Nurses Take Top Honor Again


Nurses Have Lost Top Rank Only Once
Since 1999, when the nursing profession was added to the poll, nurses have ranked number one every year but one. That was 2001 when firefighters deservedly took the title in the poll which was held shortly after September 11.

Nurses play a key role in the health care team. It is essential for patients, caregivers and loved ones to trust nurses. Patient education is a major role for nurses and the success of patients outcomes depends on this level of trust. The fact that nurses continue to rank highest on this list year after year is a testament to the nursing profession.

The Nursing Shortage
Nursing is one of the most rewarding professions and yet it can be one of the most challenging both physically and emotionally. As the Baby Boom generation ages and begins to retire, a large portion of today’s nursing workforce will be lost. It is not being replaced at a pace necessary to keep up with this projected loss as well as the increasing need of an aging population.

It is important for young people to recognize the nursing profession as a career option and seriously consider a career in the nursing profession. This accolade helps to reinforce the opportunities and the recognition that nurses need and deserve.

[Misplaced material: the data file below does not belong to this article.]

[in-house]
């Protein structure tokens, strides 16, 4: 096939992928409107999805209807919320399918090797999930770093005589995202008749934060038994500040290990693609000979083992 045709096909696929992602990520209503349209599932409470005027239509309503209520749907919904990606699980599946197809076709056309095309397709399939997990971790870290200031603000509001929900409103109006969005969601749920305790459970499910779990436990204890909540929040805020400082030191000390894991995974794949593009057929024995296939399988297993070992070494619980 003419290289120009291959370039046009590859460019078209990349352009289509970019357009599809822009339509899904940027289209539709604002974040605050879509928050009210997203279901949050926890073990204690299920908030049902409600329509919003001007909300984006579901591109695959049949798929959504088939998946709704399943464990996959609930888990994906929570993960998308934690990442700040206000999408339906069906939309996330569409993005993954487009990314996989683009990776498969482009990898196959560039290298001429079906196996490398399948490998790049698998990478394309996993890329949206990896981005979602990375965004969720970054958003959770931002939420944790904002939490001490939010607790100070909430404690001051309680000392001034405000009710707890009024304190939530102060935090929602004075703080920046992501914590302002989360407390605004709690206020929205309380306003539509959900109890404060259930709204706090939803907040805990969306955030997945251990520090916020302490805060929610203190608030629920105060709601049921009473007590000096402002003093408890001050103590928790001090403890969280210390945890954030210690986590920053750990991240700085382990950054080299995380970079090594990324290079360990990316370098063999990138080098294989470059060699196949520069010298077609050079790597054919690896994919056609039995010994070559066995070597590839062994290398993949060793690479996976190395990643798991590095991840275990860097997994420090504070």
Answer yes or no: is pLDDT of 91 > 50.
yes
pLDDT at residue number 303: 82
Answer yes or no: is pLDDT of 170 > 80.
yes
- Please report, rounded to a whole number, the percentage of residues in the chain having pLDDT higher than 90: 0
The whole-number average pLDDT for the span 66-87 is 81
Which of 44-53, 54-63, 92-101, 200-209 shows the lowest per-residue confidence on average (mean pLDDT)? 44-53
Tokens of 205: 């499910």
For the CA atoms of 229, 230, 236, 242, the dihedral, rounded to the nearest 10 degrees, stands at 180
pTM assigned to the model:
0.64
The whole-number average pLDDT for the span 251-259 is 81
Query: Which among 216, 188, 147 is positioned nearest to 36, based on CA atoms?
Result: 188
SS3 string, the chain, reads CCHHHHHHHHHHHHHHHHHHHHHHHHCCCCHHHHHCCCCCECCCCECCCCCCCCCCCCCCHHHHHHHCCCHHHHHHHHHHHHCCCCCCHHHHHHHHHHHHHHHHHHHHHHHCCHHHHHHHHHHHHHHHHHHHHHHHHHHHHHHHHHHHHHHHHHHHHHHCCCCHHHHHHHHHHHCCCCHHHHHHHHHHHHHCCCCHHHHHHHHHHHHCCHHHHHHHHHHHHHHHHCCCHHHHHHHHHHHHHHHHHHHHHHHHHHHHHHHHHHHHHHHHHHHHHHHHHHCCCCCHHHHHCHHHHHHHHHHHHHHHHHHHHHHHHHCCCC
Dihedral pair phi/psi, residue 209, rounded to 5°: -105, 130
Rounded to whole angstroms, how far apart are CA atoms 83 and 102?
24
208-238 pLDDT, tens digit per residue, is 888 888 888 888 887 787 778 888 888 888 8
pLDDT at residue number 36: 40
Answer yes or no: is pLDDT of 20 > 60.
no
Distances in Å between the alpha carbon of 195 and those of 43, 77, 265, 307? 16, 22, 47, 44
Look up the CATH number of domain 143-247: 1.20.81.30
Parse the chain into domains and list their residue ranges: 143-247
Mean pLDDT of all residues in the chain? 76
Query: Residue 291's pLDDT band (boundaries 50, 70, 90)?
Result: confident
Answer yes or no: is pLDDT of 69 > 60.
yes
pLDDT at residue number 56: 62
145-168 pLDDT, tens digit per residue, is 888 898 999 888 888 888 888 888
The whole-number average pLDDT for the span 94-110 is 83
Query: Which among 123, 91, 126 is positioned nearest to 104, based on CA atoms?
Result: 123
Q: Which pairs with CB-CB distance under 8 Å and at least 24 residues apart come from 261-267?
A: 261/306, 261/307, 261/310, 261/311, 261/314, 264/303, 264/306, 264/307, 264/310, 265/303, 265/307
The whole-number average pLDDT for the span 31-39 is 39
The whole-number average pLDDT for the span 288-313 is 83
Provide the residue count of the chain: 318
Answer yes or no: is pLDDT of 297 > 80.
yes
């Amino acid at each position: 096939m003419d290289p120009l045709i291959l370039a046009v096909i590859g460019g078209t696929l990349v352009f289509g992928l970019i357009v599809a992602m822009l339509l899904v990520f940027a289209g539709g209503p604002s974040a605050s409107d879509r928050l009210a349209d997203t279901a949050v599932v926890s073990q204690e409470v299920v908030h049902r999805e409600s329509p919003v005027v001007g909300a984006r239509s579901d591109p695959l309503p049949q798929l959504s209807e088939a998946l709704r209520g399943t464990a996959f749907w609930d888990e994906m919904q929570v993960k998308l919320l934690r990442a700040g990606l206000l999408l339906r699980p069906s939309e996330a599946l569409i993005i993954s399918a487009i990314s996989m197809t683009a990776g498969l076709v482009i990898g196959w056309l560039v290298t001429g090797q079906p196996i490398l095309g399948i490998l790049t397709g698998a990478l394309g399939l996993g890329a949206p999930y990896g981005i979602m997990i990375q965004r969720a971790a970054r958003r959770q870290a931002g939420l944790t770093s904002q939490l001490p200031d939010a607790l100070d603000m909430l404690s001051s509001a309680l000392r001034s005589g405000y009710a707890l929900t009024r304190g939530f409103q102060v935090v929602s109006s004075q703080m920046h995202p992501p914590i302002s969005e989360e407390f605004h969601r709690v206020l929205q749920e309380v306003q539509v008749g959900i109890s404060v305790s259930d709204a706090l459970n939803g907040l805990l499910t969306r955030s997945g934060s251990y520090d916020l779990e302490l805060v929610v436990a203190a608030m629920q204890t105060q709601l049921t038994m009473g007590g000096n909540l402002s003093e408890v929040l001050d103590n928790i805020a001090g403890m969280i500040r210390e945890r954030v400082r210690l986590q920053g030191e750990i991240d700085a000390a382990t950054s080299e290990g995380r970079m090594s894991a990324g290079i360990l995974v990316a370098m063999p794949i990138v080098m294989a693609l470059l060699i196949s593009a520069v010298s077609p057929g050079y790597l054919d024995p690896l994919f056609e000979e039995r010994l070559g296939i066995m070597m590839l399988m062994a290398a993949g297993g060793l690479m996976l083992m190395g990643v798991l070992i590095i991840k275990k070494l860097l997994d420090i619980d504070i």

Other Health Care Team Members
Other members of the health care field to be ranked fairly high were pharmacists (or druggists) who came in with a combined 70% of “high” or “very high” scores and medical doctors who had a combined “very high” and “high” score of 64%.

Bankers Take a Hit
The banking industry took a big hit in the poll this year with a 12 percent decline from 2007. Bankers fell from 35 to 23%. Given the state of the economy, this is not surprising. In 1988 during the savings and loan crisis, banker fell from 38% down to 26%. This is the first time bankers have fallen below 30% since 1996.

High school teachers ranked with a combined score of 65%; policemen and clergy each with 56%. Funeral directors scored 47%. On the lower end, journalists scored 25%, bankers 23%, building contractors came in at 22% and real estate agents at 17%. At the bottom of the list were telemarketers and lobbyists who scored in the “low” ranking from 60% and 64% of those polled respectively.

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